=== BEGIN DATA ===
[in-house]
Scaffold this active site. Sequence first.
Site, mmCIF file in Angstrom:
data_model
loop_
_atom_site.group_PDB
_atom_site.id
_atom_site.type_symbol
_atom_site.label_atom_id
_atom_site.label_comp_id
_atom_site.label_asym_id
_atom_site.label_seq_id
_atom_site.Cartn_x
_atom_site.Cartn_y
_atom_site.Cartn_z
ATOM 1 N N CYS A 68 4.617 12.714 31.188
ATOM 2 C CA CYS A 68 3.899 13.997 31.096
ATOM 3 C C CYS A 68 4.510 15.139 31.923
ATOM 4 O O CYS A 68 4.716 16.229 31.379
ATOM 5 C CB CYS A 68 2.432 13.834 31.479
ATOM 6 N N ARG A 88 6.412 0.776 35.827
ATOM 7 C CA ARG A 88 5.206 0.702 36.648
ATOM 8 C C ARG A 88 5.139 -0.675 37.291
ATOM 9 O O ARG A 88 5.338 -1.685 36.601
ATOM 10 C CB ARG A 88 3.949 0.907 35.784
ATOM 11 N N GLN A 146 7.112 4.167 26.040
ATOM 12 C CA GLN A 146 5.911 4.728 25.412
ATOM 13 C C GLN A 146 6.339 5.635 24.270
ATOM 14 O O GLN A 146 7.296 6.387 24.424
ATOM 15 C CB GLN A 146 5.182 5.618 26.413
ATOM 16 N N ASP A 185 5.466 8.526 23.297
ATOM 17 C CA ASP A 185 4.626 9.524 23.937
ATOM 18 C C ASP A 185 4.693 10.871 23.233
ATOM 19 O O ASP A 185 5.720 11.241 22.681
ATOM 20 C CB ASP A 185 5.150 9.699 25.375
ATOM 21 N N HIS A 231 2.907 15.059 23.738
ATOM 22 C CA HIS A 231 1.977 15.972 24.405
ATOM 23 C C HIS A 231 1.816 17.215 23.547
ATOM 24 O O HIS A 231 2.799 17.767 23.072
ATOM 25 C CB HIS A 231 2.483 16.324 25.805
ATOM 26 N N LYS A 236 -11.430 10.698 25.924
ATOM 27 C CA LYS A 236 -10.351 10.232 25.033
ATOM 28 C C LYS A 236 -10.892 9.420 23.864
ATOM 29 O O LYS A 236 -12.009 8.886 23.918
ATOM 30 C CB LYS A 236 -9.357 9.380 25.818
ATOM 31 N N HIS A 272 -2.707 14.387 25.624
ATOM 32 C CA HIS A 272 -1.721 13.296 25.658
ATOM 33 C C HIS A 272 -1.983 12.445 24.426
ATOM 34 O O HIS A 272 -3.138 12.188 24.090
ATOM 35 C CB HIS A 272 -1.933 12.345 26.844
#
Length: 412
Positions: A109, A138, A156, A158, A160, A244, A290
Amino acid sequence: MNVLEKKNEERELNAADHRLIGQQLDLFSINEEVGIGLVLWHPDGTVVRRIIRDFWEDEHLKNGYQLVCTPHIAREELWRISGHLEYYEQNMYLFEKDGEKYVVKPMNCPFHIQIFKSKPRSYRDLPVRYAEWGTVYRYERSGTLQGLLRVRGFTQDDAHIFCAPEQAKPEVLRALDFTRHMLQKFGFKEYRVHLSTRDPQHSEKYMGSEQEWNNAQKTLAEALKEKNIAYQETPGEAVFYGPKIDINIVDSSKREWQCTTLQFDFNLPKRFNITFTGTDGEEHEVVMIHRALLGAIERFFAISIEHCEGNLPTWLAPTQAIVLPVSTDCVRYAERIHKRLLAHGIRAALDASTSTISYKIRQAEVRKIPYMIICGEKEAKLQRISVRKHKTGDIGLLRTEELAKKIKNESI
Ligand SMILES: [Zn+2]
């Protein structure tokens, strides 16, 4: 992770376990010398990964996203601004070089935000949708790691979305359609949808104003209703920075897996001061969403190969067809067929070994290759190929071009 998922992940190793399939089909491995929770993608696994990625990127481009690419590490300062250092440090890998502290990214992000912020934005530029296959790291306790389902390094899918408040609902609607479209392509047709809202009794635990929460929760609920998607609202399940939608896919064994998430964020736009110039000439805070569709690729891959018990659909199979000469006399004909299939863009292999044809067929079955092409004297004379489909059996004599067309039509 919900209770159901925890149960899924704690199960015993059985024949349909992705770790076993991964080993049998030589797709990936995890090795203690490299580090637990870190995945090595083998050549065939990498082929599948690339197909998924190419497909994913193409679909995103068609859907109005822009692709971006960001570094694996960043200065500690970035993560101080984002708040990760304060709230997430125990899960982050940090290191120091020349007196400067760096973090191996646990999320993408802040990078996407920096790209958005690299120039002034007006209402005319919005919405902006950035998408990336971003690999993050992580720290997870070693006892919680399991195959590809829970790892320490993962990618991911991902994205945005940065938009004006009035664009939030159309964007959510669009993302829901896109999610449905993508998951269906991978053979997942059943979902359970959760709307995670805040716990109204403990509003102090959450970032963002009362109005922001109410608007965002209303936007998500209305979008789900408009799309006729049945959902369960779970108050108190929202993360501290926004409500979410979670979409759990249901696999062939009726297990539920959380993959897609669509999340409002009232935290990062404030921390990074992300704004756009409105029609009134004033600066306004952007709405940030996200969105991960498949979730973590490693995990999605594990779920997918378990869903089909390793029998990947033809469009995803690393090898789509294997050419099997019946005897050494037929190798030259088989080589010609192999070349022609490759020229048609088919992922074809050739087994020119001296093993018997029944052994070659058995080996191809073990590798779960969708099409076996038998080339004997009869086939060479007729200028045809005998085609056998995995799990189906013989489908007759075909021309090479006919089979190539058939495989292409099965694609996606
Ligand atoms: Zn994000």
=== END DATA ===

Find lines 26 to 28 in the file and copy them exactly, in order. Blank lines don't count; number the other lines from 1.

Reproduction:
ATOM 11 N N GLN A 146 7.112 4.167 26.040
ATOM 12 C CA GLN A 146 5.911 4.728 25.412
ATOM 13 C C GLN A 146 6.339 5.635 24.270